How to declare global types in TypeScript

Borislav Hadzhiev

Last updated: Feb 28, 2024
3 min


# Declare global types in TypeScript

To declare global types in TypeScript:

  1. Create a global.d.ts file and declare types in the global namespace.
  2. Add types or interfaces that need to be globally accessible.
  3. Make the file a module by using export {}.

In the src directory of your project, create a types directory containing the following global.d.ts file.

export {}; declare global { /** * Now declare things that go in the global namespace, * or augment existing declarations in the global namespace. */ interface Employee { id: number; name: string; salary: number; } type Person = { name: string; age: number; }; }
The code for this article is available on GitHub

The example shows how to create a module that modifies the global namespace. We created a globally accessible Employee and Person types.

Now I can access the types in my project without having to import them.

const emp: Employee = { id: 1, name: 'Bobby Hadz', salary: 100, }; console.log(emp); const person: Person = { name: 'Tom', age: 30, }; console.log(person);

accessing the types without importing them

The code for this article is available on GitHub
Make sure to adjust the names of the types and their key-value pairs according to your use case.

I've also written an article on how to declare global variables in TS.

# Add the path to types to your tsconfig.json

If you get an error in your IDE, try adding the path to your types directory to your tsconfig.json file.

{ "compilerOptions": { // ... rest "typeRoots": ["./node_modules/@types", "./src/types"] } }

We used the export {} line in our global.d.ts file to mark it as an external module.

A module is a file that contains at least 1 import or export statement. We are required to do that to be able to augment the global scope.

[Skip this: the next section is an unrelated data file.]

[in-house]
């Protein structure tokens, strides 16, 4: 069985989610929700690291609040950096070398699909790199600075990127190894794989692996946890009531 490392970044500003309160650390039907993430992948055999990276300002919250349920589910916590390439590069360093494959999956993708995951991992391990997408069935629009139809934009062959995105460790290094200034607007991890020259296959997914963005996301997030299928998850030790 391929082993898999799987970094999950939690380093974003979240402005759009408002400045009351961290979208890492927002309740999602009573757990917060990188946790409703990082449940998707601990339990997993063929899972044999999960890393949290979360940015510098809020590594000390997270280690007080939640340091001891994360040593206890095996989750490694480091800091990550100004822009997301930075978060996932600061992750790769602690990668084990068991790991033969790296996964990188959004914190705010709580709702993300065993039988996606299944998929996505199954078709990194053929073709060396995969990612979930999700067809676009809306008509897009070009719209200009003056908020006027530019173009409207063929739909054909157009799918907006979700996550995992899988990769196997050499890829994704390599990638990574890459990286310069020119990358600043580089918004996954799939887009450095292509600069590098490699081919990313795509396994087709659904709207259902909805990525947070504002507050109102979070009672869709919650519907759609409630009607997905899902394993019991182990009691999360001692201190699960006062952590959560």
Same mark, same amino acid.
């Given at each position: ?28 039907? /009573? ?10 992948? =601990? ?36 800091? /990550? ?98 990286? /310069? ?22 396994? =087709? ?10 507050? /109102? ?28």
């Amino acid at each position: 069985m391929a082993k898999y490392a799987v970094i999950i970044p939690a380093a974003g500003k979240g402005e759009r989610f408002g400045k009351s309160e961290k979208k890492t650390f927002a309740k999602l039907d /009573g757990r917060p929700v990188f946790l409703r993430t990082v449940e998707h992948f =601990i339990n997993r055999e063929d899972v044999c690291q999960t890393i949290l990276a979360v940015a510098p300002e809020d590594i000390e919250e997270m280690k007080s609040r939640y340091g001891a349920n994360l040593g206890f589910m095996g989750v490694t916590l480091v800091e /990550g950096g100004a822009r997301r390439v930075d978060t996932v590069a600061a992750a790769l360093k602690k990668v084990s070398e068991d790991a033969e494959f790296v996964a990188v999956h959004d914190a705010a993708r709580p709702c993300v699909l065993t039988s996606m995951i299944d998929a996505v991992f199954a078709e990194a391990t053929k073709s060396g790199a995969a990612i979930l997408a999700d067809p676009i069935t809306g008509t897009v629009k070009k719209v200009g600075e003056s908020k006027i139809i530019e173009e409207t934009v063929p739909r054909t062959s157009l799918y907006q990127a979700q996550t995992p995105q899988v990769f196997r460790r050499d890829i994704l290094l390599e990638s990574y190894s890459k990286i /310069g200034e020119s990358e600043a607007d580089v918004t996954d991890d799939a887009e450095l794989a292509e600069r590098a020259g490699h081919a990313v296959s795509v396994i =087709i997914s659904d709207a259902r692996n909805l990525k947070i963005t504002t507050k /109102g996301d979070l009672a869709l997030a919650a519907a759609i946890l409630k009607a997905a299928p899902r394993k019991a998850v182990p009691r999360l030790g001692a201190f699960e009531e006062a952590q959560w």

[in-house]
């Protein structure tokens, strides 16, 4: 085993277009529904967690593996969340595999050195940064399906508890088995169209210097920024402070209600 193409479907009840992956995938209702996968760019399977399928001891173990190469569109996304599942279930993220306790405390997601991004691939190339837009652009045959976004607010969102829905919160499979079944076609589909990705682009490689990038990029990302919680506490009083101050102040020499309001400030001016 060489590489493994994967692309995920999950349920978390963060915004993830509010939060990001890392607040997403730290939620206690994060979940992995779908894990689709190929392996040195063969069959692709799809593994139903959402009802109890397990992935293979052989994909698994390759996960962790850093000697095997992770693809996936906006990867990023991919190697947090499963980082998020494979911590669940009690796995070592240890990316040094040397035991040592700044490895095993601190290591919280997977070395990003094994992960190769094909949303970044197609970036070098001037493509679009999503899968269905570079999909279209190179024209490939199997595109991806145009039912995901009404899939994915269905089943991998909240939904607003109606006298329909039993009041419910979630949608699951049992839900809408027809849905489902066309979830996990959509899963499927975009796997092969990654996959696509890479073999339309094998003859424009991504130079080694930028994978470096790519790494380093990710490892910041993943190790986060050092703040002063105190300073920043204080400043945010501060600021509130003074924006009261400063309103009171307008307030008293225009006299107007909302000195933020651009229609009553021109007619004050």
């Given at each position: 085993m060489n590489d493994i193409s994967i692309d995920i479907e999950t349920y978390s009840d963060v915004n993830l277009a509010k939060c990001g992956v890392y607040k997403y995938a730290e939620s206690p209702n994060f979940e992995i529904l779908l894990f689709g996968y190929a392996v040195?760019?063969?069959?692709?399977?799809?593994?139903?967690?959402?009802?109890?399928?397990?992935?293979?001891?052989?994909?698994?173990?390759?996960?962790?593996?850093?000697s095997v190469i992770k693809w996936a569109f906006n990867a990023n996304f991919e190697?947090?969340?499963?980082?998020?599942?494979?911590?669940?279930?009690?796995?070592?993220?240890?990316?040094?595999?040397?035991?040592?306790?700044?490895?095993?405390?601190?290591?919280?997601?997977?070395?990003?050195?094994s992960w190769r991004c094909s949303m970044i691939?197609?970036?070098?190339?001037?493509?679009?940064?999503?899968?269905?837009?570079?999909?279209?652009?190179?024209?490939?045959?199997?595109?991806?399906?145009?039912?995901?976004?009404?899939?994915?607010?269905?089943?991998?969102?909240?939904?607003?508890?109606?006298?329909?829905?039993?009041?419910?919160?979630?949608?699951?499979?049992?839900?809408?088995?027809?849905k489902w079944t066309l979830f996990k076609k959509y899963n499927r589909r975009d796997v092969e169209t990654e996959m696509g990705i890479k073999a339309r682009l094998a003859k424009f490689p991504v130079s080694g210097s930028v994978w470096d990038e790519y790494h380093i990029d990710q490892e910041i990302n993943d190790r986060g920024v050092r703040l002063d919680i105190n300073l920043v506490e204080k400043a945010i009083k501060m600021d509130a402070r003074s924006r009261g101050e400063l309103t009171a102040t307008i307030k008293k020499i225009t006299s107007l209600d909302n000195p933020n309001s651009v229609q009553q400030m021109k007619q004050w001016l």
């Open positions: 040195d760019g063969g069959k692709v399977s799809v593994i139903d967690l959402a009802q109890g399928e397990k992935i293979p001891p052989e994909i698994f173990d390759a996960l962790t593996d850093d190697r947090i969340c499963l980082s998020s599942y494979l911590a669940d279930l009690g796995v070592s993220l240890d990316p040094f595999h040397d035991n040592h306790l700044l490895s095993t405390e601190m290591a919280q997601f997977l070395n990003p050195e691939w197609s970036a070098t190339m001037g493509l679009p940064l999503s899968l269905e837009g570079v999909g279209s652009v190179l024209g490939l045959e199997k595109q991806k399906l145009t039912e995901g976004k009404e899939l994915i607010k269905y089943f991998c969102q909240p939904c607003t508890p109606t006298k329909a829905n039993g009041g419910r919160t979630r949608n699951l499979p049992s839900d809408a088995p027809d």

You only need the export line if your .d.ts file exports nothing. Otherwise, you can remove it.

TypeScript looks for .d.ts files in the same places it looks for your regular .ts files.

The location is determined by the include and exclude settings in your tsconfig.json file.

You can also use this approach to augment existing declarations in the global namespace.

Here is an example that adds a removeLast method to the global Array interface. This is the global.d.ts file.

export {}; declare global { interface Array<T> { removeLast(): T[]; } }

And here is how we add the method to the prototype and use it.

if (!Array.prototype.removeLast) { Array.prototype.removeLast = function () { this.pop(); return this; }; } const arr = ['a', 'b', 'c']; arr.removeLast(); console.log(arr); // 👉️ ['a', 'b']
The code for this article is available on GitHub
Note that you have to add the method to Array.prototype in a file that runs before all other files, e.g. an index.ts file.

If you try to use the method before it was added to the prototype you'd get an error.

TypeScript will merge the declared from you Array interface with the original Array interface, so when you use the arrays, you will be able to access methods and properties from both interfaces.

# Additional Resources

You can learn more about the related topics by checking out the following tutorials:

I wrote a book in which I share everything I know about how to become a better, more efficient programmer.
book cover
You can use the search field on my Home Page to filter through all of my articles.